How To Use Rosehip Oil: All Your Questions, Answered

by Gio
how to use rosehip oil in skincare

How the heck do you use rosehip oil?

I kid you not, this is the #1 question in my inbox right now. It’s my bad. I’ve been raving about rosehip oil for months.

It’s my go-to for every skin woe. Whether a pimple has reared its ugly head on my chin, my retinol serum has dried my cheeks a little too much or my complexion just needs a pick-me-up, I can count on rosehip oil to kick my skin back into shape, pronto.

But I’ve never told you how to use rosehip oil. Like, what’s its place in your skincare routine? How do you layer it with other actives? And can anyone use it?

Here are the answers to these – and more – questions about how to make the most of rosehip oil:

1. What Makes Rosehip Oil So Awesome For Your Skin?

Rosehip oil is loaded with goodies your skin can’t live without:

All this sciencey jargon means that rosehip oil helps you fight premature wrinkles, fade away dark spots and kick acne in the butt. 

Related: Why Rosehip Oil Is My-Go For Every Skincare Woe

use rosehip oil

2. Is Rosehip Oil A Strong Retinoid?

If you’re new to skincare jargon, retinoid is the family name for all forms of vitamin A (retinol, retinaldehyde, retinoic acid & co). Vitamin A is the only thing proven to really reduce wrinkles but it can irritate your skin pretty bad. That’s why retinoids come in different forms and strengths.

Rosehip oil has its fair share of vitamin A so it qualifies as a retinoid in my book. But is it a strong one?

That’s a hard question to answer. When it comes to a synthetic form of vitamin A, like retinol, you know exactly how much of it is in the formula.

With natural ingredients like rosehip oil, things aren’t so clear cut. The amount of vitamin A (and anything else, for that matter) in rosehip oil depends on several factors, like soil conditions, climate, distillation and refining process (FYI, the unrefined type usually has more vitamin A & antioxidants but it’s also more irritating), etc…

Two batches of rosehip oil can contain different amounts of vitamin A (even if they’re from the same brand!).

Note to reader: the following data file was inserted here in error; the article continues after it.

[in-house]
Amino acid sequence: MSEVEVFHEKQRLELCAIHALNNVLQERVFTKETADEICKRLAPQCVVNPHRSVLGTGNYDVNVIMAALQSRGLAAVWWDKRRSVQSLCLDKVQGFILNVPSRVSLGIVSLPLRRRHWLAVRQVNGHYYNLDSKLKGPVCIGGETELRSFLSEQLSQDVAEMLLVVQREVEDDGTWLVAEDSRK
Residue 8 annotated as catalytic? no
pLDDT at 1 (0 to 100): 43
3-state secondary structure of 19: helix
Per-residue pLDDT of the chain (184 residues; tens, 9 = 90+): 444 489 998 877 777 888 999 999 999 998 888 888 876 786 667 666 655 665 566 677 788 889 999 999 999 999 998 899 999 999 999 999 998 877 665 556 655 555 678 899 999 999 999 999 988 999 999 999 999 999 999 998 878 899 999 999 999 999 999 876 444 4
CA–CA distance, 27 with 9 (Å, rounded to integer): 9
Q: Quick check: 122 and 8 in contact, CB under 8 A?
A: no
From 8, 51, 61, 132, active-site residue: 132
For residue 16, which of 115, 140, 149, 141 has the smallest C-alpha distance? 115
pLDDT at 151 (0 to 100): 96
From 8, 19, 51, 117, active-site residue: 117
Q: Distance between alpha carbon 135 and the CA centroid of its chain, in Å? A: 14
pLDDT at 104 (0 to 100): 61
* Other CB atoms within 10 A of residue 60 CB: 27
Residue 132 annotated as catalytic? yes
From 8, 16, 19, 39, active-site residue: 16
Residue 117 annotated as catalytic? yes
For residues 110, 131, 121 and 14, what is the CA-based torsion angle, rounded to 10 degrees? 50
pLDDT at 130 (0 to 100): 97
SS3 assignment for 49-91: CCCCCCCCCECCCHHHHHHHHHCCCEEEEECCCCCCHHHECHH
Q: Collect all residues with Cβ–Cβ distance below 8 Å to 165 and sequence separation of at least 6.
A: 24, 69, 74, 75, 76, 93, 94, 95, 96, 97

But I can tell you this: rosehip oil is NOT as strong as prescription retinoids, like tretinoin. It’s also gentler than most OTC retinoids, like retinol (thank its moisturising fatty acids, like linoleic acid, for that).

So if you’re starting out on your retinoid journey or have sensitive skin, rosehip oil is a good choice for you.

Related: Which Form Of Vitamin A Is Right For You?

3. Is Rosehip Oil Suitable For A First-Time Retinoid User?

If you’re in your mid-20s and want to up your anti aging game, rosehip oil is the perfect way to start on your retinoid journey.

While most OTC retinoid serums can be drying, the fatty acids in rosehip oil soothe and moisturise your skin, minimising the peeling and irritation.

Related: What Strength Of Retinol Do You Need?

rosehip oil skincare benefits

4. Can You Use Rosehip Oil Together With Another Retinoid?

In theory, you can. I know women who use rosehip oil with tretinoin to lessen the peeling and irritation they get from it. It works for them.

I’d say most people can pair rosehip oil with another retinoid. But if you have sensitive or dry skin that’s easily irritated, this combo may be too much for you.

If you want to use both, try this combo on a small patch of facial skin first and see how your skin reacts to it. Your skin will tell you if it likes it or not.

Related: How To Do A Patch Test

5. Can You Use Rosehip Oil After Vitamin C & AHAs?

Vitamin C and AHAs are two anti aging superstars. Vitamin C is a powerful antioxidant that fights free radicals, brightens skin and boosts collagen. AHAs are a family of exfoliants that get rid of dead skin cells, helping to fade away fine lines and dark spots.